• Lucindale Agricultural and Folk Museum – 8766 2774
  • Naracoorte Golf Club, named No. 96 in the list of Australia’s top 100 golf courses by “Golf Australia” magazine in 2015. (Australia has 1500 golf courses.)
  • MiniJumbuk, 61 Smith Street, the national award-winning woollen bedding products factory, with viewing gallery and shop open seven days a week. The best place for doonas, underwools, pillows “seconds” etc and for souvenirs. Open on weekends.
  • ASI Outdoors – everything camping
  • Naracoorte is surrounded by the Wrattonbully wine region. Visit the cellar door for Redden Bridge, 3/44 Robertson Street, Naracoorte, open on weekdays.
  • Wild Game Wine also has a cellar door and wine bar at the rear of Naracoorte Art Gallery. You can buy wine by the glass or bottle and enjoy produce platters at noon to 8pm Friday and noon to 6pm Sunday.

 At Naracoorte Visitor Information Centre, you can pick up a Limestone Coast Visitor Guide which has information on many of the 25+ wineries with cellar doors.

All are easy to find as they are either on the Riddoch Hwy, from just north of Coonawarra township to Penola, or on short side roads off the highway.

Additionally, St Mary’s Wines produces a range of red wines but, more recently, it’s also becoming well known for its Australian Gin of the Year boutique dry gin, vodka (including one infused with rose petals) and cane spirit.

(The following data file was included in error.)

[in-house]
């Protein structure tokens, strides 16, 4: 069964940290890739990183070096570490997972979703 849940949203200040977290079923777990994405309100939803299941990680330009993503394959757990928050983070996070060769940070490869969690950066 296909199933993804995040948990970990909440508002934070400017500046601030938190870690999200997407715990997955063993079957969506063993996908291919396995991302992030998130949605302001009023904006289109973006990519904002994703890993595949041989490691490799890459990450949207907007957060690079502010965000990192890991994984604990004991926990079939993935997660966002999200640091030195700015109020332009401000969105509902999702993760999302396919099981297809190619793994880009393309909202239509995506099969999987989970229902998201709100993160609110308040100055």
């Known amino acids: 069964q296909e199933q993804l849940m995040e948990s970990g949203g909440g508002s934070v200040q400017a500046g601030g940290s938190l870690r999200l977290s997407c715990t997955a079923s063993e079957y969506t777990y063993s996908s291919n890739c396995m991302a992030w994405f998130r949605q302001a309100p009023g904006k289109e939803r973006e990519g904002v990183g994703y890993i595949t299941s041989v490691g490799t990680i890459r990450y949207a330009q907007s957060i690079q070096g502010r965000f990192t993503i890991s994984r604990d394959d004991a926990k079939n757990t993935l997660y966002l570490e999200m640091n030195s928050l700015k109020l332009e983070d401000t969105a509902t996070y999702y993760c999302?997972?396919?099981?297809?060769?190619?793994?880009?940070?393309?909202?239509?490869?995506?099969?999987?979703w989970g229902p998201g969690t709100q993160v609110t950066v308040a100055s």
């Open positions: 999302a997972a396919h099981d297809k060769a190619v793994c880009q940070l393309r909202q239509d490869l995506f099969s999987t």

Historic Penola has plenty of places to eat, especially the award-winning Pipers of Penola (includes an award for best regional restaurant in SA).

Visit the informative staff at the Mary MacKillop Penola Centre (the focus of the early life of St Mary of the Cross MacKillop), public sculptures, Local Images Art Gallery as well as other smaller galleries and old-fashioned lolly shop Toffee and Treats in Church Street, the main street.

Travelling north of Naracoorte, or south of Padthaway, on the Riddoch Hwy, you may see a Cellar Door Open sign at the entrance to Padthaway Estate, which sells Eliza and Landaire wines at a newly renovated building.

Further south of the township, you’ll see a flag and sign indicating Henry’s Drive and Farmer’s Leap cellar door, on the corner of Hodgson’s Road.

This cellar door provides wine tastings and sales. It’s about 5km south of Padthaway township and serves light snacks and lunch as well as premium wines.

To the east of Naracoorte are two small towns, Apsley (30km from Naracoorte) and Edenhope (53km from Naracoorte). Lake Charlegrark is also a sight to see with water in it. Cockatoo Lake has water, so does Black Cockatoo camping ground.

Travelling West of Naracoorte you will find the famous town of Lucindale, a small village that is home base for the popular Fairview National Park just out of town, as well as Loechel Park and the Lucindale Country Club golf course and manicured grass tennis courts.

Lucindale also boasts the State’s largest annual field days on the third weekend in March, every year at the massive Yakka Park site. If you are there when the Post Office is open, pop in for a friendly chat and find out where to go and what to see while visiting.

But ultimately, the Naracoorte Visitor Information and Sheep’s Back Museum are the best places for locals to find out where to take their visitors, both locally and further afield.

Thank you for reading The News.

May we all enjoy our visitors, shop locally and have a safe, happy, healthy and prosperous 2023.

Naracoorte Community News 18 January 2023

This article appeared in the Naracoorte Community News.